We only have one national comedian and it is Bob Hope. He is the sign of a passing time -- a more homogeneous, unified, uncomplicated time, as corny as that sounds. Bob Hope, who has played golf with presdidents and been around the world many more times than Superman, still is very concerned about wanting you to come and see his show.

"Are you coming to the show tonight?" he asks.

"I hope you see the show tonight," he says a little later.

"You gotta see the show tonight. You're gonna like it," he says a little later.

It should matter to Bob Hope whether one more schlemiel comes to see him and laughs at his jokes? It matters, it matters. It probably matters to him that his original one-week run at the Kennedy Center, with Suzanne Somers, had to be cut down to three nights, starting tonight, for lack of briskness in ticket sales, but he doesn't show it. He is a great unstoppable natural resource, and variations in the public mood can't be allowed to discourage him. Not at the age of 77.

Winding up a week at Westbury Music Fair in Long Island and relaxing before a performance in his hotel, with wife Delores sitting quietly in the next room, Hope is still the picture of buoyant American optimism. It's as if we never lost a war.

"I've been coming at them so long, on radio and television, they know me, they stand up when you come out, and they're ready, you know? One woman, we played Valley Forge, and she sent me a scrapbook that thick, from the time I started in radio, all my old opening gags for Pepsodent. You don't remember that, you're to young, but I used to open with, "This is Bob Pepsodent Hope, coming to you by the skin of your teeth.' Every week I had another line like that," Hope says.

In a move that will not jolt the broadcasting industry, Hope is about to sign again with NBC, his home for 30 years of TV specials. In the coming season, however, he will do only 8 to 10 hours of programming, not the almost 16 hours he did last year, when NBC President Fred Silverman kept trying to bolster the schedule with Hopeful shows.

"Silverman? I like him, yeah. I'll tell you why I like him: He's cooperative. Really is. He listens. This is funny: About three years ago he invited me over to ABC to talk to him. He wanted to know how he could get me over there and I said, 'I still have two years on this contract.' He said, 'I'll wait.' Of course he beat me -- he went to NBC the next year."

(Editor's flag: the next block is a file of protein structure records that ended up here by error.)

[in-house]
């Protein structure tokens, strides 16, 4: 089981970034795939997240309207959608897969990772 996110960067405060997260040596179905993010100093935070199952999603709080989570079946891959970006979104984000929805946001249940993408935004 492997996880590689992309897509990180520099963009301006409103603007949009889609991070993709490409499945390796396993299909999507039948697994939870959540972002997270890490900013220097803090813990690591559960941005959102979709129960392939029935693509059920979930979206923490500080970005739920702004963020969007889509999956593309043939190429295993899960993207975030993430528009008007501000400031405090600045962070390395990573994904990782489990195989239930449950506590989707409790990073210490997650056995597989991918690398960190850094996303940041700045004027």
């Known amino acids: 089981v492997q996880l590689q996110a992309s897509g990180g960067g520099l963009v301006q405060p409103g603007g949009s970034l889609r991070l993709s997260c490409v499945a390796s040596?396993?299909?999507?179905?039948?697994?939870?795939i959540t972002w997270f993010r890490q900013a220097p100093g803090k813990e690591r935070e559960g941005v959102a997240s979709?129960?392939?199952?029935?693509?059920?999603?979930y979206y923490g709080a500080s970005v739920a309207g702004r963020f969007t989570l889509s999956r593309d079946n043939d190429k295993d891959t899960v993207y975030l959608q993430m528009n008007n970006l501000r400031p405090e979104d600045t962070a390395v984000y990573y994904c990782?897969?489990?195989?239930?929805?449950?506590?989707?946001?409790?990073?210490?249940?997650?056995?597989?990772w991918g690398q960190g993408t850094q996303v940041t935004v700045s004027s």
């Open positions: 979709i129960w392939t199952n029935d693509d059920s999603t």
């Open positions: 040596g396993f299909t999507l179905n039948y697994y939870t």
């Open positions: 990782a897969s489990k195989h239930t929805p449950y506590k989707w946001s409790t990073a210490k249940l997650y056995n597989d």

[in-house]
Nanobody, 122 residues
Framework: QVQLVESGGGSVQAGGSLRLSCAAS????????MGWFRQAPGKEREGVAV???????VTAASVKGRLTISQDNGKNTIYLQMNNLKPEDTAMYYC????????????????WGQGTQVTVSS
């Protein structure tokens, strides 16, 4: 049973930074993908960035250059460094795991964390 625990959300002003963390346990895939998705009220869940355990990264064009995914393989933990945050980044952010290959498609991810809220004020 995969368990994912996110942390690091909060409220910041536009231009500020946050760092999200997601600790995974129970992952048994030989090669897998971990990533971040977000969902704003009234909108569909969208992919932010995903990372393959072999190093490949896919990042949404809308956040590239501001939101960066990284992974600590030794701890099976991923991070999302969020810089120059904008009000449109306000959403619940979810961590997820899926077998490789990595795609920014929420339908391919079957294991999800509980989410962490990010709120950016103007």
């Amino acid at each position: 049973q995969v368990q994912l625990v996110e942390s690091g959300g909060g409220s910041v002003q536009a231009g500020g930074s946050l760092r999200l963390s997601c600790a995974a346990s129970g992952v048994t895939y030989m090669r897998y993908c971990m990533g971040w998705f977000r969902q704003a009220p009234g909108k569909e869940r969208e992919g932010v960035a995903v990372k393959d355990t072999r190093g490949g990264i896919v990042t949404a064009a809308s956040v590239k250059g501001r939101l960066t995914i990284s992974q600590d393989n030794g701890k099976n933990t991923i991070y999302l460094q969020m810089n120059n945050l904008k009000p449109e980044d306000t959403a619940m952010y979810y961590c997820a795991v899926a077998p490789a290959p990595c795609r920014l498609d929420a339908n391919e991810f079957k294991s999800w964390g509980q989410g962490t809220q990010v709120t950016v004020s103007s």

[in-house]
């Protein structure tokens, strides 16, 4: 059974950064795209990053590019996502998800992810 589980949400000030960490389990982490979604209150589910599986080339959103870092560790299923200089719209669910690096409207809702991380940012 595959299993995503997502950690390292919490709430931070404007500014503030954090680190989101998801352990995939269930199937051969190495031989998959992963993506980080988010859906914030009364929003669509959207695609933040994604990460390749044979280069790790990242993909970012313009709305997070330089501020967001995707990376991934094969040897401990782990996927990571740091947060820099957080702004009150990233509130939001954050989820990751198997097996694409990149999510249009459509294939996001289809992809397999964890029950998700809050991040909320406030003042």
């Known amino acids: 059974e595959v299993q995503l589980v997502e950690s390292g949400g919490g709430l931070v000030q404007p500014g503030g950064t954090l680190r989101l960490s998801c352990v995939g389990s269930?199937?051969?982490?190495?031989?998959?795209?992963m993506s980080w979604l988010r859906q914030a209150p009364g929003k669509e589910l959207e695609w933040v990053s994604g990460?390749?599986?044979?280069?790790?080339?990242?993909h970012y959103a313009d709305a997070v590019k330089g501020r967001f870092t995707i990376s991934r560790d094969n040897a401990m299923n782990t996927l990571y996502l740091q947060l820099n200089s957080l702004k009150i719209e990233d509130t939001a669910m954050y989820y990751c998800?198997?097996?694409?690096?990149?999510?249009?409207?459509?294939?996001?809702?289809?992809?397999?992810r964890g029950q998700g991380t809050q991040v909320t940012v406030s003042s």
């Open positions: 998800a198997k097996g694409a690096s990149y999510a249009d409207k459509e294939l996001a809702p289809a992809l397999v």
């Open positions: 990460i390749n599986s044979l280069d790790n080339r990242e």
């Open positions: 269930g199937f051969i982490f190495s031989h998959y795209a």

Hope has heard the rumors about Silverman's job being in jeopardy. "About him disappearing? Oh sure, everybody hears it. They say "the Vanishing American.' It looks like he's on the way but, who knows? He . came here to the show last night and I introduced him from the stage, and he got a tremendous hand. I was surprised. Yeah, they know him.

"And then I do a bit where I tell about being with NBC 42 years -- which I have been, radio and television -- and I say, 'Look at Fred, he's been there two years. He's been at every network two years. An if they start another network, he'll be at that one for two years."

Hope laughs.

He will kick off the NBC season Sept. 6 with another special.Last year he rang up the fall curtain with a three-hour show taped in China, but ratings were not as high as expected.Hope says now the network should have bought more big ads in newspapers and magazines; he buys space himself at times for specials that are important to him. But he does not complain about the network he calls home.

"Nobody's ever had a better deal than I've got. Oh, Carson must have a marvelous deal. But I'm talking about 30 years! I've had six five-year contracts. [CBS Chairman] Bill Paley is a good friend of mine, and he called me up 30 years ago before I signed with NBC, and he said, 'What's the deal?' and I told him and he said, 'I wish I could handle it.' He couldn't handle it.That's how good the deal was.

"Television, it gets tougher all the time. Everybody is looking for spots and looking for a brace of strength and my God, look at me, I've got a rating thing that's unbelievable, unbelievable. They put together my 30-year average the other day, and I've got an average over the last 30 years of about a 40, 41 share! Can I show you those Nielsen things? I'll get them. I know I packed them."

Hope ambles off in his white golf pants, chartreuse socks, blue tennies and alligator shirt and returns with a sheaf of papers. His first special for NBC, in 1950, got a 53.7 rating and a 73 percent share of the audience. This would be all but unthinkable todayfor anything but The Second Coming. Last season, however, when Silverman overused him, Hope sometimes plummeted to shares as low as 27.